The objectives of this study were to evaluate the effect of cultivar, crop year and processing (dry milling, cooking and dehulling) on volatile flavour compounds of field peas using an optimised headspace-solid phase microextraction gas chromatography-mass spectrometry method. Significant differences in area counts of volatile compounds were observed between the different cultivars as well as in area counts of volatile compounds of each cultivar grown in different crop years. Results showed significant reduction in total area counts (TAC) of volatile compounds after cooking and dehulling the seeds. Major differences between whole seeds, cooked and dehulled seeds were found in aldehydes, alcohols, and ketones. Cooked-dehulled peas had the least TAC (7.83E±05) of the volatile compounds compared to the milled-whole peas (6.36E±06), cooked-whole peas (2.00E±06) and milled-dehulled peas (4.33E±06). The results suggest that volatile flavour compounds of different field peas were affected by the cultivar, crop year as well as processing conditions. © 2010.


Seneviratne R.W.,University of Alberta | Beltranena E.,University of Alberta | Newkirk R.W.,University of Alberta | Goonewardene L.A.,University of Alberta | And 2 more authors.
Journal of Animal Science | Year: 2011

Cold-pressed canola cake is a coproduct of biodiesel production that contains more residual oil than expeller-pressed and solvent-extracted canola meal. Cold-pressed canola cake might be an attractive feedstuff for swine due to local availability from small plants. However, the nutritional quality and content of anti-nutritional factors of cold-pressed canola cake are poorly defined and vary with processing conditions. This experiment evaluated cold-pressed canola cake processed using 4 different conditions: a nonheated and heated barrel at slow and fast screw speed in a 2 × 2 factorial arrangement. Seven ileally cannulated barrows (26 kg of BW) were fed twice daily at 2.8 × maintenance diets containing either 44% of 1 of the 4 cold-pressed canola cake samples, expeller-pressed canola meal, canola seed, or an N-free diet in a 7 × 7 Latin square. The objectives were to measure the energy and AA digestibility and to calculate standardized ileal digestible (SID) AA and NE content. Each 9-d experimental period consisted of a 5-d diet adaptation, followed by 2-d feces and 2-d ileal digesta collections, and 7 observations per diet were obtained. Cold-pressed canola cake contained 41% CP, 16% ether extract, and 5 μmol of total glucosinolates/g (DM basis). Both apparent ileal digestibility (AID) and total tract energy digestibility of energy in cold-pressed canola cake was 36% greater (P < 0.05) in heated vs. nonheated conditions and 8% greater (P < 0.05) in fast vs. slow screw speed without interaction, indicating that heat enhanced energy digestibility. The AID of energy of cold-pressed canola cake was 13 and 118% greater (P < 0.01) than expeller- pressed canola meal and canola seed, respectively. Heat and speed interacted (P < 0.05) for SID of AA of test ingredients, but effects were not consistent among AA. The DE and calculated NE content of cold-pressed canola cake was 0.73 and 0.52 Mcal/kg greater (P = 0.001; DM basis), respectively, than expeller-pressed canola meal and did not differ from canola seed. Coldpressed canola cake averaged 4.17 Mcal of DE/kg, 2.84 Mcal of NE/kg, 0.87% SID Lys, 0.46% SID Met, and 0.79% SID Thr (DM basis). In conclusion, processing conditions greatly affected the digestible nutrient content of cold-pressed canola cake. Content of residual ether extract was an important determinant of the energy value of cold-press canola cake, whereas residual glucosinolates did not seem to hamper nutrient digestibility. © 2011 American Society of Animal Science. All rights reserved.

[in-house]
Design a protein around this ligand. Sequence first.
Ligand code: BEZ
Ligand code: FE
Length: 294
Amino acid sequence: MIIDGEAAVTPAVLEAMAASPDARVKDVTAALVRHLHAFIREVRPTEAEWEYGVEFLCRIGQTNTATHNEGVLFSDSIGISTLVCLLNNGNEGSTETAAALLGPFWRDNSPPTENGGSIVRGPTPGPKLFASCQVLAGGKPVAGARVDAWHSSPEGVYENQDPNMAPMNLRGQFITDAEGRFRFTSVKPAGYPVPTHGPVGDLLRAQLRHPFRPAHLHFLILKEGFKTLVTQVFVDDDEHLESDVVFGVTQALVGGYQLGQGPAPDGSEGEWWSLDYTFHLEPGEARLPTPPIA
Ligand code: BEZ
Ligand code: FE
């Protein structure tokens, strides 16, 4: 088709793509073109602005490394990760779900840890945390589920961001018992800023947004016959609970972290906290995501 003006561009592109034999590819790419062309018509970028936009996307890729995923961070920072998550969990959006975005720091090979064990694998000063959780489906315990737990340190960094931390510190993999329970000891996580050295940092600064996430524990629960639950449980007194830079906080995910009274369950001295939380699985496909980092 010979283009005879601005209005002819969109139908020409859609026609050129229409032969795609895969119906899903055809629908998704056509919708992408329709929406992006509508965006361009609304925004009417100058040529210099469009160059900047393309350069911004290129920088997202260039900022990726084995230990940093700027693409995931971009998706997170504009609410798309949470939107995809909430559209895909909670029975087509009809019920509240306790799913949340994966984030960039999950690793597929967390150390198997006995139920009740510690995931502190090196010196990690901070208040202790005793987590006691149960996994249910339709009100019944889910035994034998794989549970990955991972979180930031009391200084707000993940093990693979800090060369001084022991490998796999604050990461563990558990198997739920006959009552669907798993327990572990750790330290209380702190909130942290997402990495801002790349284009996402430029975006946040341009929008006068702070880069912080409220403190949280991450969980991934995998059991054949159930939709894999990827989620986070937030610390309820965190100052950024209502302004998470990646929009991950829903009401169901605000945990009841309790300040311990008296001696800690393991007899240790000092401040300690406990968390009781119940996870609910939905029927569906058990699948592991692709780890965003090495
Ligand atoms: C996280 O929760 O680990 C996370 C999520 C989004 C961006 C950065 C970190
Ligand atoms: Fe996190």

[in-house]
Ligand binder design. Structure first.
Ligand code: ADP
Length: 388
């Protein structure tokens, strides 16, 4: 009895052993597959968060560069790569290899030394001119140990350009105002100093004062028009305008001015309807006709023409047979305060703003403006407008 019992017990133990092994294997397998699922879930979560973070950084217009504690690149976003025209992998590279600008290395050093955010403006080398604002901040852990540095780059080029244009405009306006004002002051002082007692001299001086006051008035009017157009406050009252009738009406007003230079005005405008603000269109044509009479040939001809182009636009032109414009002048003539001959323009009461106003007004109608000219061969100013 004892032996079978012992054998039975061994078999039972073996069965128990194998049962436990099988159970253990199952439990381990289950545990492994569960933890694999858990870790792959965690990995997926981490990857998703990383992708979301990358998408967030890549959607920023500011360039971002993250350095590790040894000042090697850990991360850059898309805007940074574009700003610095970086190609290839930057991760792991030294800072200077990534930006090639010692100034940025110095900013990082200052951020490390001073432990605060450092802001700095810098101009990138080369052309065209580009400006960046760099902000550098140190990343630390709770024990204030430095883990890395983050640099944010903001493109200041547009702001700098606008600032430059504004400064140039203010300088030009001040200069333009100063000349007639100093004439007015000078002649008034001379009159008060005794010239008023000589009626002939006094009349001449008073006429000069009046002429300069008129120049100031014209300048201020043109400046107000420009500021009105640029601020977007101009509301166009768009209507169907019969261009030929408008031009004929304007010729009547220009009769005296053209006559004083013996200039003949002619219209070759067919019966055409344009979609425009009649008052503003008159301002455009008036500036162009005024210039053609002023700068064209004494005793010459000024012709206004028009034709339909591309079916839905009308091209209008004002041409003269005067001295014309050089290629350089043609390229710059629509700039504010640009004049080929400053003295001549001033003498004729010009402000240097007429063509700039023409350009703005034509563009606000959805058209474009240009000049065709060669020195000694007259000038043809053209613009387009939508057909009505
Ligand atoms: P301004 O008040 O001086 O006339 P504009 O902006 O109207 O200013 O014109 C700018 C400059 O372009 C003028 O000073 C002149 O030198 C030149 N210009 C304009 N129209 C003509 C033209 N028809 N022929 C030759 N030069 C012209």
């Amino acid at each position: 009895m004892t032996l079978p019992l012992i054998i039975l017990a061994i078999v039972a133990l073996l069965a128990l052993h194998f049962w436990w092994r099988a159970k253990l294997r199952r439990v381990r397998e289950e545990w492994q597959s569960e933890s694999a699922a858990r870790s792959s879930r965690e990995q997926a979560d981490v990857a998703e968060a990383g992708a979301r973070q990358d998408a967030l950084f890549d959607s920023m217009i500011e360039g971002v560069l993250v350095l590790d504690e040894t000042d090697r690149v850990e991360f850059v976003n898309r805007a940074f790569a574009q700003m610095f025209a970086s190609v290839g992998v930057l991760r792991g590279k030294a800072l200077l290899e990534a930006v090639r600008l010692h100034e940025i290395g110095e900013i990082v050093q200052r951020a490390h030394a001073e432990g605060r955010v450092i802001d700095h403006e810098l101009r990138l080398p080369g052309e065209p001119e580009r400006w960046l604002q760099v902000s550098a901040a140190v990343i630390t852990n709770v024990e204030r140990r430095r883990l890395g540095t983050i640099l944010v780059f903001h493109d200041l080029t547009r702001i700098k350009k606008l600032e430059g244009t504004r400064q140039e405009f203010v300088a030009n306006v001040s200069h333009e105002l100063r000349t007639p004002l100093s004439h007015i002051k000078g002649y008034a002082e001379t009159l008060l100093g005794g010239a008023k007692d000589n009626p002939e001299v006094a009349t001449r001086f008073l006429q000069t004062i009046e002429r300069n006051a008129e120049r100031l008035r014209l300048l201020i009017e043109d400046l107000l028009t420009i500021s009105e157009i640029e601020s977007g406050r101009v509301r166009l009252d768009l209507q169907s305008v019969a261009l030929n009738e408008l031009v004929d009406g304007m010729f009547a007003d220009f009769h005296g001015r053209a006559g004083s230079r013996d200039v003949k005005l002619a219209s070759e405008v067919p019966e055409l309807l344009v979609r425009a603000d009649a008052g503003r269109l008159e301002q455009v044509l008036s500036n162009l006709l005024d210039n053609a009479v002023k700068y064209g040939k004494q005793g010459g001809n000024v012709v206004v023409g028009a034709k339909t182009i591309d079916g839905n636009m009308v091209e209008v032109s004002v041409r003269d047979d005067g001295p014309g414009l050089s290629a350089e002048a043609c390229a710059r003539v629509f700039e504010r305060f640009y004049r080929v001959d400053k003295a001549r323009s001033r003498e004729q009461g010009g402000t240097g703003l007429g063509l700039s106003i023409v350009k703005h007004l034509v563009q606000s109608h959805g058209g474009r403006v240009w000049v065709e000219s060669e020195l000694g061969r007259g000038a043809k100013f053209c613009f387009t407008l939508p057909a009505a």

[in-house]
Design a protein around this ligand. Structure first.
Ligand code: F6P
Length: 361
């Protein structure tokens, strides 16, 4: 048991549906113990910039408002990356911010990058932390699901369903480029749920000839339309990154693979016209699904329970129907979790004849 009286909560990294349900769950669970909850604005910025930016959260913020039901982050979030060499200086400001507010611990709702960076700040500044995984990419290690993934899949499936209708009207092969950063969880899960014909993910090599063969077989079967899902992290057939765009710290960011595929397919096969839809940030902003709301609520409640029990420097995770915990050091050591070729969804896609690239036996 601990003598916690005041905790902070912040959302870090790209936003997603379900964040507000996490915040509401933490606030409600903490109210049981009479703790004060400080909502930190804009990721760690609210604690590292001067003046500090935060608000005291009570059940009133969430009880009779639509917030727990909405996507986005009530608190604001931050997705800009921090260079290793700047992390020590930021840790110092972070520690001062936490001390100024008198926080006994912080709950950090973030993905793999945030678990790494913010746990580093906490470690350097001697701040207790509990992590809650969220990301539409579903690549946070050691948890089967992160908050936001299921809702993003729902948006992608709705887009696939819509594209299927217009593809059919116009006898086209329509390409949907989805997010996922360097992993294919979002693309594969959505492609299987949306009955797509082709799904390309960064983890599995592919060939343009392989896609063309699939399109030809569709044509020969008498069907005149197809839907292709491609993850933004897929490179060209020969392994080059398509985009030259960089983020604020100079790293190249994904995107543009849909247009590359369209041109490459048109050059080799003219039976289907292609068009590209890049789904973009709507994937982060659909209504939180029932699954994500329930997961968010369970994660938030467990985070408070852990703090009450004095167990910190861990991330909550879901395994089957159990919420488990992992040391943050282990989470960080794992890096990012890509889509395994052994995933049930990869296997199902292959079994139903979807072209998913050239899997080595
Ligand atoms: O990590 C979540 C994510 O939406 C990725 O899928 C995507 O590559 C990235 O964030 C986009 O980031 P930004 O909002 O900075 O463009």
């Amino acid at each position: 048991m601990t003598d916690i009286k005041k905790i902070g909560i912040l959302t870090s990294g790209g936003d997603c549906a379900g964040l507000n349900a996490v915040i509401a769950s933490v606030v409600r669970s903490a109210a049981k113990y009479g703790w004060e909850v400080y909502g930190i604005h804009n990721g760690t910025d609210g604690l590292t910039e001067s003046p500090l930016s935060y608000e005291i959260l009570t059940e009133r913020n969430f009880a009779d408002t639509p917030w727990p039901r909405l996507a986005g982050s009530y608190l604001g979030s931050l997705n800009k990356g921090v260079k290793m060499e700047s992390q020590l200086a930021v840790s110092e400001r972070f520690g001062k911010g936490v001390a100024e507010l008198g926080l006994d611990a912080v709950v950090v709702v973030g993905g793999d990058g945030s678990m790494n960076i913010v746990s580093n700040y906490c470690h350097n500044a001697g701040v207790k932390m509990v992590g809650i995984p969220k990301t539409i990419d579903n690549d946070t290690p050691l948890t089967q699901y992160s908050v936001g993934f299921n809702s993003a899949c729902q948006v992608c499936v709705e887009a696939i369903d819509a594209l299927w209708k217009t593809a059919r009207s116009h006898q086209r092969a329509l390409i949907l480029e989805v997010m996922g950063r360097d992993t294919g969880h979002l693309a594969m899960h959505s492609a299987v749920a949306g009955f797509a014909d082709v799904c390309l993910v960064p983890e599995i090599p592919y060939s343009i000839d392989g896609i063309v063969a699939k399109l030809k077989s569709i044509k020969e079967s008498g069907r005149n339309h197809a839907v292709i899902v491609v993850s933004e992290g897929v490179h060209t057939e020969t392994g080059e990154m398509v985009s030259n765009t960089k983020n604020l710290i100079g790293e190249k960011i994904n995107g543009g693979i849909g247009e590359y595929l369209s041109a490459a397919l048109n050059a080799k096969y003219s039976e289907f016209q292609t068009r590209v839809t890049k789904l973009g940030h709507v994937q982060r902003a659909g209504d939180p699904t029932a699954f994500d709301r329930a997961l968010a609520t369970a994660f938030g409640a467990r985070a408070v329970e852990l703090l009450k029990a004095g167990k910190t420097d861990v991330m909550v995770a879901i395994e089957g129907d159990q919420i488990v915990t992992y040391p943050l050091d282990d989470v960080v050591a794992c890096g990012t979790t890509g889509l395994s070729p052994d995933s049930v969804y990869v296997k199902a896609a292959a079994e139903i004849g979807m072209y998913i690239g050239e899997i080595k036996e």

Seneviratne R.W.,University of Alberta | Young M.G.,Gowans Feed Consulting | Beltranena E.,University of Alberta | Goonewardene L.A.,University of Alberta | And 2 more authors.
Journal of Animal Science | Year: 2010

Expeller-pressed (EP) canola meal contains more residual oil than solvent-extracted canola meal and might be an attractive feedstuff for swine, but it has been poorly characterized. In Exp. 1, six ilealcannulated barrows (36 kg of BW) were fed at 3× maintenance either a 44% EP canola meal diet or a N-free diet in a crossover design to measure energy and AA digestibility and calculate standardized ileal digestible (SID) AA and NE content, with 6 observations per diet. Each period consisted of a 5-d diet adaptation and a 2-d feces and 3-d digesta collection. The EP canola meal contained (% of DM) 38.5% CP, 13.3% ether extract, 2.42% Lys, 1.54% Thr, 0.62% Met, and 23.2 μmol/g of glucosinolates. Apparent total tract energy digestibility was 75.0% and the DE and predicted NE content were 3.77 and 2.55 Mcal/kg (in DM), respectively. The SID AA content (% of DM) was 1.77% Lys, 1.04% Thr, and 0.52% Met. In Exp. 2, a total of 1,100 pigs (25 kg of BW) housed in 50 pens were fed 5 dietary regimens with 0, 7.5, 15, and 22.5% or decreasing amounts (22.5, 15, 7.5, and 0%, respectively) of EP canola meal over 4 phases to validate performance and carcass characteristics. Diets were formulated to contain equal NE:SID Lys for each growth phase (g/Mcal;4.04, d 0 to 25; 3.63, d 26 to 50; 3.23, d 51 to 77; 2.83, d 78 to 90). At slaughter, carcass characteristics were measured for all pigs, and jowl fat was sampled for 2 pigs per pen. For d 51 to 90, the 22.5% EP canola meal regimen was reduced to 18% (22.5/18%) because of decreased ADFI in phases 1 and 2. Overall (d 0 to 90), increasing dietary EP canola meal linearly decreased (P < 0.001) ADG and ADFI and linearly increased (P < 0.01) G:F. For 0 and 22.5/18% EP canola meal, respectively, ADG was 978 and 931 g/d, ADFI was 2.77 and 2.58 kg/d, and G:F was 0.366 and 0.378. Increasing dietary EP canola meal did not alter the carcass backfat thickness, loin depth, or jowl fat fatty acid profile. Pigs fed 22.5/18% EP canola meal reached slaughter weight 3 d after (P < 0.05) pigs fed 0% EP canola meal. In summary, EP canola meal provided adequate energy and AA; however, ADG was reduced by 3 g/d per 1% of EP canola meal inclusion, likely because of increased dietary glucosinolates. Thus, the amount of EP canola meal included in swine diets should be targeted to an expected growth performance and carcass quality. Finally, diets formulated to contain an equal NE and SID AA content did not entirely eliminate the risks for reduced growth performance associated with inclusion of an alternative feedstuff. © 2010 American Society of Animal Science.